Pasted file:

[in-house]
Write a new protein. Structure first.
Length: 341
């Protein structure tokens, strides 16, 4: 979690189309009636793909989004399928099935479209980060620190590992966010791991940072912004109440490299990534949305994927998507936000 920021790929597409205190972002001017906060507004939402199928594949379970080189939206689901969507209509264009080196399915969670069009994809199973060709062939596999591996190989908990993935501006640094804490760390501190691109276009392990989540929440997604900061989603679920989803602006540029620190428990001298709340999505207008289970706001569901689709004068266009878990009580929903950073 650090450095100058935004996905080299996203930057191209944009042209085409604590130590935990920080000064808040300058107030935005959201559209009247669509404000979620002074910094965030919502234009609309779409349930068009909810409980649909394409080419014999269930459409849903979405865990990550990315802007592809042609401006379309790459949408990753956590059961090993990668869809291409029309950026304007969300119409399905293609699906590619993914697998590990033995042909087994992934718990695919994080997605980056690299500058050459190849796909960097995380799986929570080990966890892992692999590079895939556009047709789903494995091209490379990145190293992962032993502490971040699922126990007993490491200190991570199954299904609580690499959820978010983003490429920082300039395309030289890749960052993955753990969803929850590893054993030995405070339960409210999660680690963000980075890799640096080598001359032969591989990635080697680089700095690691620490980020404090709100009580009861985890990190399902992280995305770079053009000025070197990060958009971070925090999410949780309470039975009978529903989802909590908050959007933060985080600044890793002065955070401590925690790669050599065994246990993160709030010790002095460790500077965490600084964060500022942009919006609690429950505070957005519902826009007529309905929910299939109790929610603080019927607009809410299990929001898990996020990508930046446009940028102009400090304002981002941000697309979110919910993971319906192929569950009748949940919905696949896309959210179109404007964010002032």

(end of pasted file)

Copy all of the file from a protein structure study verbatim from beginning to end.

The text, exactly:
[in-house]
Write a new protein. Structure first.
Length: 341
């Protein structure tokens, strides 16, 4: 979690189309009636793909989004399928099935479209980060620190590992966010791991940072912004109440490299990534949305994927998507936000 920021790929597409205190972002001017906060507004939402199928594949379970080189939206689901969507209509264009080196399915969670069009994809199973060709062939596999591996190989908990993935501006640094804490760390501190691109276009392990989540929440997604900061989603679920989803602006540029620190428990001298709340999505207008289970706001569901689709004068266009878990009580929903950073 650090450095100058935004996905080299996203930057191209944009042209085409604590130590935990920080000064808040300058107030935005959201559209009247669509404000979620002074910094965030919502234009609309779409349930068009909810409980649909394409080419014999269930459409849903979405865990990550990315802007592809042609401006379309790459949408990753956590059961090993990668869809291409029309950026304007969300119409399905293609699906590619993914697998590990033995042909087994992934718990695919994080997605980056690299500058050459190849796909960097995380799986929570080990966890892992692999590079895939556009047709789903494995091209490379990145190293992962032993502490971040699922126990007993490491200190991570199954299904609580690499959820978010983003490429920082300039395309030289890749960052993955753990969803929850590893054993030995405070339960409210999660680690963000980075890799640096080598001359032969591989990635080697680089700095690691620490980020404090709100009580009861985890990190399902992280995305770079053009000025070197990060958009971070925090999410949780309470039975009978529903989802909590908050959007933060985080600044890793002065955070401590925690790669050599065994246990993160709030010790002095460790500077965490600084964060500022942009919006609690429950505070957005519902826009007529309905929910299939109790929610603080019927607009809410299990929001898990996020990508930046446009940028102009400090304002981002941000697309979110919910993971319906192929569950009748949940919905696949896309959210179109404007964010002032």